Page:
On the record before us, with inconsistent statements by the agency in its evaluation of the fourth revised tender and inadequate documentation of a finding that the tender was unacceptable, we sustain the protest. [12]

RECOMMENDATION

Ordinarily, in sustaining a protest challenging an agency's evaluation of proposals, we recommend that the agency review the procurement and take appropriate actions to rectify any improprieties. Under the specific circumstances here, our recommendation would be for the agency to reevaluate the fourth revised agency tender, explain and document its conclusion regarding whether or not the fourth revised agency tender is acceptable, and then take appropriate action based on its findings. If the fourth revised agency tender were found acceptable, the agency would select that tender as the lowest-priced technically acceptable offer/tender, or, if the agency tender were found unacceptable, the agency would allow the award to FTC to remain in place.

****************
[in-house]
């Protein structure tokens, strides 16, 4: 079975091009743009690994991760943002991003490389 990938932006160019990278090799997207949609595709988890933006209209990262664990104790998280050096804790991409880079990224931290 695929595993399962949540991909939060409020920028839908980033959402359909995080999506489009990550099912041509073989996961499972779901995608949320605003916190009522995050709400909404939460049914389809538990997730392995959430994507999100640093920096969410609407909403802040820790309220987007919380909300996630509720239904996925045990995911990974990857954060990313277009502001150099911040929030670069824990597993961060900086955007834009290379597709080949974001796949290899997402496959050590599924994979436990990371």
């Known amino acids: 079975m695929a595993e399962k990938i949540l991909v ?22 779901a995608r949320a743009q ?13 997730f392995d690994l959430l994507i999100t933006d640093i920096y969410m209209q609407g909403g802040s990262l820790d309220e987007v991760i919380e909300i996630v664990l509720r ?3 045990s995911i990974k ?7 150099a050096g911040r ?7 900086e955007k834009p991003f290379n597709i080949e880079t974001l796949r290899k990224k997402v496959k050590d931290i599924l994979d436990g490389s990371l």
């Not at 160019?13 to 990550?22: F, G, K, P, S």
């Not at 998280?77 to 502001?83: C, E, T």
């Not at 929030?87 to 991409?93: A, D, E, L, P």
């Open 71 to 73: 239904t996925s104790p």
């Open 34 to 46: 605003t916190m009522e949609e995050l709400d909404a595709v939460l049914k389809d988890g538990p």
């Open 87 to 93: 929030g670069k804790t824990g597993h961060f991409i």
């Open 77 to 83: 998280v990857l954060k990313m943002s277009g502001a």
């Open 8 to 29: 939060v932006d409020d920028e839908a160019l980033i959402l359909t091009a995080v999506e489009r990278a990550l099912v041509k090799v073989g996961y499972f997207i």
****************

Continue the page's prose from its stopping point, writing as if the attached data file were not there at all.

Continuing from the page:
In this protest, however, implementation of such a recommendation appears to be barred by the plain language of section 8023 of the Consolidated Security, Disaster Assistance, and Continuing Appropriations Act, 2009, which states as follows:

None of the funds appropriated by this Act shall be available to perform any cost study pursuant to the provisions of OMB Circular A-76 if the study being performed exceeds a period of 24 months after initiation of such study with respect to a single function activity or 30 months after initiation of such study for a multi-function activity.